When I Realized Postpartum Depression Could Happen to Anyone

I wasn’t happy anymore… not like I was in the hospital. I didn’t want to harm my baby or myself. I didn’t have those type of thoughts. I just didn’t want to take care of my baby. I wanted to sleep and stay in bed forever. I didn’t want to be a mom. What was I thinking? I made a terrible mistake. What was wrong with me? This wasn’t normal — and I needed my mommy.

Lucky for me, my mom, also a licensed therapist, moved in for a week after the birth of her first grandson. On my second day home I knew something was wrong. I cried all the time. Anxiety crippled me and I never wanted to leave my bed. I couldn’t be a mom. I couldn’t handle this. I needed someone else to take care of my child.

I was so confused. Why was this happening to me? I was so excited to be a mom during my pregnancy. I was a happy mother in the hospital. Why wasn’t I in love with my son and motherhood like everyone else I knew? Why didn’t I want to hold my child all the time? Why wasn’t I looking forward to being home all day with him, reading to him, talking to him, playing with him, watching him smile for the first time? Every mom I knew or met told me this would an amazing experience, that becoming a mom is magical. It didn’t feel like that… not for me. I felt broken and ashamed and guilty. I was a failure at something I was told comes naturally to women.

As I approached my mom to confess these terrible thoughts, she already knew what I was about to say. My wonderful and observant husband had already told her something was off. I broke down. I sobbed. I told her everything. She made an appointment with the doctor immediately.

My mom and I arrived at the doctor the following day. She entered the exam room to see the mom of the baby she delivered a week ago crying — ugly crying. I couldn’t stop. She talked a little bit about postpartum depression, but mostly the baby blues. She told me she had friends and other patients who had experienced something similar. These women were educated, intelligent, the most put together women she knew, who couldn’t understand why something like this was happening to them. They all got better. They all became wonderful mothers who fell in love with their children.

I had trouble believing her. I couldn’t see past the fear and anxiety. She prescribed medication, which worked wonders… until it didn’t. It helped me sleep and killed the racing thoughts, until the anxiety won out and the anti-anxiety medicine stopped working. I decided I wasn’t going back to that doctor. She didn’t fix me and I was back to square one.

So I ran sobbing to my general doctor, who prescribed Xanax. Both doctor and prescription didn’t fix me either. I was still lost. I wasn’t any better. This was definitely not just the baby blues.

My mom helped me look for a therapist. Finding a therapist is like dating — sometimes you have to kiss a lot of frogs before you find your prince. One therapist who claimed to specialize in family and parenting struggles kept asking me what I thought I could do to be a better mother. She actually made me feel worse… not the right question for a new mother battling postpartum depression.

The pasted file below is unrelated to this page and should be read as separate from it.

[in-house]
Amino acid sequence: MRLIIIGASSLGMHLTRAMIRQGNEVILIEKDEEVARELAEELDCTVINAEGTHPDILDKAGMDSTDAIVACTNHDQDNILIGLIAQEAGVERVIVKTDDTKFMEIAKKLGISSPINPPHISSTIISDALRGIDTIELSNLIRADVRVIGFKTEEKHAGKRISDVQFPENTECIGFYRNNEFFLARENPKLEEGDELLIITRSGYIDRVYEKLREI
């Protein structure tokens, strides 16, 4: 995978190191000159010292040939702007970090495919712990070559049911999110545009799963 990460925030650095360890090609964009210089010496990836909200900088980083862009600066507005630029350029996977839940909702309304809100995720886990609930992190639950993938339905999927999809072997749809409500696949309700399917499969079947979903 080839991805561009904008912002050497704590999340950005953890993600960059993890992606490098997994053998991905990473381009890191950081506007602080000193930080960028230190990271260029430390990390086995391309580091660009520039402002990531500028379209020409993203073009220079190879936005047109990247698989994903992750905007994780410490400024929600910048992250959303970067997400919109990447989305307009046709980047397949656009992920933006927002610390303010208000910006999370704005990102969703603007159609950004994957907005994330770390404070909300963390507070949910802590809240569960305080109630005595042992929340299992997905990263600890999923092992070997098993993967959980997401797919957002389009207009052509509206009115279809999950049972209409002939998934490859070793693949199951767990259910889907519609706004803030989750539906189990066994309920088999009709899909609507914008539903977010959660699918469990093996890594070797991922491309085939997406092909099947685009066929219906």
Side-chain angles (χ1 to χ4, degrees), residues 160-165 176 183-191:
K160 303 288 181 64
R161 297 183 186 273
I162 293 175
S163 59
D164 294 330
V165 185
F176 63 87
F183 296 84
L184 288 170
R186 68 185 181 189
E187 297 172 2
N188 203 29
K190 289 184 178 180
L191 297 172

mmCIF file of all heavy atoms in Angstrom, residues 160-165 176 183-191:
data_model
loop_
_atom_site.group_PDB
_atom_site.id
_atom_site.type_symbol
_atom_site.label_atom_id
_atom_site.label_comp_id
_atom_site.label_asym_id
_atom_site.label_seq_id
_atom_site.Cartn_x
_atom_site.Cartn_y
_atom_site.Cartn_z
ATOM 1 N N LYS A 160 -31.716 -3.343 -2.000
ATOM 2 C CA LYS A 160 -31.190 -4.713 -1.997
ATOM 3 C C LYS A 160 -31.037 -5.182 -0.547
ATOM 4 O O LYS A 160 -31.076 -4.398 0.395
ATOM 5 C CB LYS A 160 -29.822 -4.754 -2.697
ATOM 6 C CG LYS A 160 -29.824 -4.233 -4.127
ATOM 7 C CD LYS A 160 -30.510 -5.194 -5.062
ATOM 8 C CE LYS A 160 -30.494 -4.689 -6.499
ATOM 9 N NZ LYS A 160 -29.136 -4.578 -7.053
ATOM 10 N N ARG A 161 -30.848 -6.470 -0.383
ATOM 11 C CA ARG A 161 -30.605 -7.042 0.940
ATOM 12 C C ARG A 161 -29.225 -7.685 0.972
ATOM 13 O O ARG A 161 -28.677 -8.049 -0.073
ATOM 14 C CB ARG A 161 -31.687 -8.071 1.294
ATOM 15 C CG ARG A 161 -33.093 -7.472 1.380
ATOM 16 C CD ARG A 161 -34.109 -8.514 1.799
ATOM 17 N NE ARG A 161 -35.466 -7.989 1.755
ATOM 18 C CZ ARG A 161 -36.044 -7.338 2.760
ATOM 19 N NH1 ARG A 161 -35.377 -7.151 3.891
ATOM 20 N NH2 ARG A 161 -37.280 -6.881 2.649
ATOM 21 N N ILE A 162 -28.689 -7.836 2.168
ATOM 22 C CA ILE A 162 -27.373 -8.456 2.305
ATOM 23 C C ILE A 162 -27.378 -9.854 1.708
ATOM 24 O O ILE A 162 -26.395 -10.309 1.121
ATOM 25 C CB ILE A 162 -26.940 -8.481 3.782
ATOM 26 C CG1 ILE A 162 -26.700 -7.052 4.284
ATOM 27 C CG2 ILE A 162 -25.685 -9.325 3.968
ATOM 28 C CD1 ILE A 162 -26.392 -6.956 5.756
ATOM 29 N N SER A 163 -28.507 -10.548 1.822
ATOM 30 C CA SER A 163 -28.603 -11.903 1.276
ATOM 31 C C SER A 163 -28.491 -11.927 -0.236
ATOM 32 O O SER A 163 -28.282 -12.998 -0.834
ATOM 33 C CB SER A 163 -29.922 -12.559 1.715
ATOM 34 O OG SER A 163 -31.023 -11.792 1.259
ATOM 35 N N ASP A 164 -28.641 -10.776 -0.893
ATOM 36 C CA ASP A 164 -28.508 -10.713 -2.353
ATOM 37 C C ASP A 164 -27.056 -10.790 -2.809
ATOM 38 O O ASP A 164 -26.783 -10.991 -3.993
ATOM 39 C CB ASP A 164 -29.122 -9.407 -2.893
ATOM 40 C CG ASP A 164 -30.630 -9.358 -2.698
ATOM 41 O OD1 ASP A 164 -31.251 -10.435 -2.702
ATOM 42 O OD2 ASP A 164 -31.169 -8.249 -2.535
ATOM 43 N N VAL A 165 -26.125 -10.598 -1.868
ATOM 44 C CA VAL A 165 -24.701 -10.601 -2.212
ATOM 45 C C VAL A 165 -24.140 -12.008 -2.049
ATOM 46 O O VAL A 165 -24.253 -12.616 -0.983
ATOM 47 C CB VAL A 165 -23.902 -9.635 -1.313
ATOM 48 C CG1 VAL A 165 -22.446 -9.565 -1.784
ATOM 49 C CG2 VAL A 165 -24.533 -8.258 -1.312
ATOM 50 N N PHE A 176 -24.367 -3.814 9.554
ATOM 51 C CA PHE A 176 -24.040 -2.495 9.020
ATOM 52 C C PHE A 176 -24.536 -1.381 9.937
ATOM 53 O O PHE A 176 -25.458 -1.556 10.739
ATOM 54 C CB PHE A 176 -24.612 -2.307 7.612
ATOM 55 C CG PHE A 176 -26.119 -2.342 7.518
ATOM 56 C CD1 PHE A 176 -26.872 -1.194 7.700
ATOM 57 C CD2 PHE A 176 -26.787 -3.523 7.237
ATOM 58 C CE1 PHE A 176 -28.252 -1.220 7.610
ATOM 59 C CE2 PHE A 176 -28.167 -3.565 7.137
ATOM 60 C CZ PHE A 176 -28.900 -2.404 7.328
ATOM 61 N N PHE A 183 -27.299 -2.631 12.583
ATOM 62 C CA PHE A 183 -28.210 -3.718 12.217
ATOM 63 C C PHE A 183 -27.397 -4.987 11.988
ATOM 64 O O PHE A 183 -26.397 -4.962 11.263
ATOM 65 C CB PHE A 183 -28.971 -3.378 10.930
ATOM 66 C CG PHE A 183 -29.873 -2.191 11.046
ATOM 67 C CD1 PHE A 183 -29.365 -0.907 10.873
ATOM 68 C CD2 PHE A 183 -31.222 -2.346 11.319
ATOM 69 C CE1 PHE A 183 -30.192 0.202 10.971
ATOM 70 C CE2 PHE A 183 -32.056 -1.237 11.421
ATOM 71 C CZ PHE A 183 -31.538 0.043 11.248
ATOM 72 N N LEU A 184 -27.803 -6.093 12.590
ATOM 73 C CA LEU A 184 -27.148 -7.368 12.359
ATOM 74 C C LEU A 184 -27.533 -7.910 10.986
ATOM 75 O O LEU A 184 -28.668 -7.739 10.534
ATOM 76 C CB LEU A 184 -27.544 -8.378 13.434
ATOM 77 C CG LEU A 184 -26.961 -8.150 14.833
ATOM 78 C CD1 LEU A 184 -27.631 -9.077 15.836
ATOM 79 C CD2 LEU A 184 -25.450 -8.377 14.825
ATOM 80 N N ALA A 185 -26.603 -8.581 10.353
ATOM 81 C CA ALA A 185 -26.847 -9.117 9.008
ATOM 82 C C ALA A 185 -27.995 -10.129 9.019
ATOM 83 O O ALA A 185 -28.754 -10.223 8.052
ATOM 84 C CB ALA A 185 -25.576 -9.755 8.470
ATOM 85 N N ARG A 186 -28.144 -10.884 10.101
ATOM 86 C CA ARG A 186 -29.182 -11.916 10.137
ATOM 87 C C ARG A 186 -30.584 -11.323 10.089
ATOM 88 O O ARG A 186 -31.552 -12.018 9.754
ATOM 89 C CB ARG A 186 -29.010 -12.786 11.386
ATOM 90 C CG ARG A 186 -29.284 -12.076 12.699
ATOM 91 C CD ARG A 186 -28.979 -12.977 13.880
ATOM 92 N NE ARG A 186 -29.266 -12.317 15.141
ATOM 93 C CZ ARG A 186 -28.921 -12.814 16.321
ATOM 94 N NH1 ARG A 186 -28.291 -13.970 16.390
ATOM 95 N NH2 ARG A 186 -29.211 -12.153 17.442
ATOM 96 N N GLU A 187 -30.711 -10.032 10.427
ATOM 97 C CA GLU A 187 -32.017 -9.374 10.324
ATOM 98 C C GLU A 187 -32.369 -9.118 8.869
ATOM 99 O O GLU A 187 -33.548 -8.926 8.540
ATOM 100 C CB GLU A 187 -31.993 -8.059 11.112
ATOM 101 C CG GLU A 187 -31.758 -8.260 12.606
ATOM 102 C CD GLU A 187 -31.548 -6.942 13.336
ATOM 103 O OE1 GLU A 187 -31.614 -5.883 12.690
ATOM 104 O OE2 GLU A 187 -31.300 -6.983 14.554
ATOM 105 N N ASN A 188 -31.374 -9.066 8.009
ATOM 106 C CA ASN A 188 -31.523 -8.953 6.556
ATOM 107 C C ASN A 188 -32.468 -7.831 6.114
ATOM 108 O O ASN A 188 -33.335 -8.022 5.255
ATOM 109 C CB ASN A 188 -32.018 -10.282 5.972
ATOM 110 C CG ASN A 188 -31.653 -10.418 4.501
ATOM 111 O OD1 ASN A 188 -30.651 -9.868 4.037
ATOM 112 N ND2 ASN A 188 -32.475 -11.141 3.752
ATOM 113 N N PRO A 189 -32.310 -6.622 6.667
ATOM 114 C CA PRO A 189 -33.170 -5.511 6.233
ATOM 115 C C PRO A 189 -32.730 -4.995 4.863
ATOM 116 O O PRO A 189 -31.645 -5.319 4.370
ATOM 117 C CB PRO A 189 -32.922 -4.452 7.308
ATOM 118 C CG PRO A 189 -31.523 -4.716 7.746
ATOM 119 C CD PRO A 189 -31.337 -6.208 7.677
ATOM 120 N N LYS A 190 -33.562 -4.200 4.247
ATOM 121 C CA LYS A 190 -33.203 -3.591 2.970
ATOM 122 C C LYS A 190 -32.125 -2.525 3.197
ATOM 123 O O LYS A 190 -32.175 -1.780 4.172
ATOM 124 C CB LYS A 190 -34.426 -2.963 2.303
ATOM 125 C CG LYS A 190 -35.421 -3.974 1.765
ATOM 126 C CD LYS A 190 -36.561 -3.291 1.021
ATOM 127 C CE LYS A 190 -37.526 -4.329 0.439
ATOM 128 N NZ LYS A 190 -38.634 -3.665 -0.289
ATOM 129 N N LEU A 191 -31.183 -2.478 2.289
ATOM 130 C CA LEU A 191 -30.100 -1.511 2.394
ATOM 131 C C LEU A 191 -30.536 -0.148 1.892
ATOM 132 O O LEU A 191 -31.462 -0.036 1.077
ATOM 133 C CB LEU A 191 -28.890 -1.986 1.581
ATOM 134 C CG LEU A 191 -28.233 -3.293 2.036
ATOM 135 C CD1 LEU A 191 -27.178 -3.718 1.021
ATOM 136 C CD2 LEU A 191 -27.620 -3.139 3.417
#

I finally found my “prince.” She was amazing and actually specialized in postpartum depression. She put me at ease. She asked the right questions and confirmed I indeed had postpartum depression. Finally, a diagnosis! It made me feel relieved to at last have a name for what I was going through.

I told her I didn’t understand. I had a loving, supportive husband and family. I had a baby nurse every night. My parents and in-laws hired a part time nanny to help me during the day. I had a healthy baby and a comfortable life. So why would this happen to me? How could this happen to me?

I learned that’s not true at all. This could happen to anyone.

The therapist promised me I would get better. I didn’t believe her, but I told her I would try… I would do what I had to do to try. She sent me to a psychiatrist right away. Together, they found the right combination of medicine to help me. I never thought I would be someone who took antidepressants, but at that point I decided I would do whatever needed to be done. I couldn’t go on feeling the way I did. Anything was better than feeling that way I did.

And so what began the long road to recovery looked like this: Weekly appointments with my therapist and the instruction to text her whenever I needed to. Monthly appointments with my psychiatrist. Medication every morning and at bedtime.

My mom and sister became my rocks, my husband my boulder. They assured me no one would ever let me stay this way. The nanny who came during the day was wonderful. She provided the love and attention I couldn’t give to my son yet. I would try going through the motions and she helped me… changing diapers, holding him, talking to him. Faking it ‘till I made it.

The road would be long, but I said I would try. I committed to try — for my baby, for my husband, for myself.

This post first appeared at The Medicated Mommy

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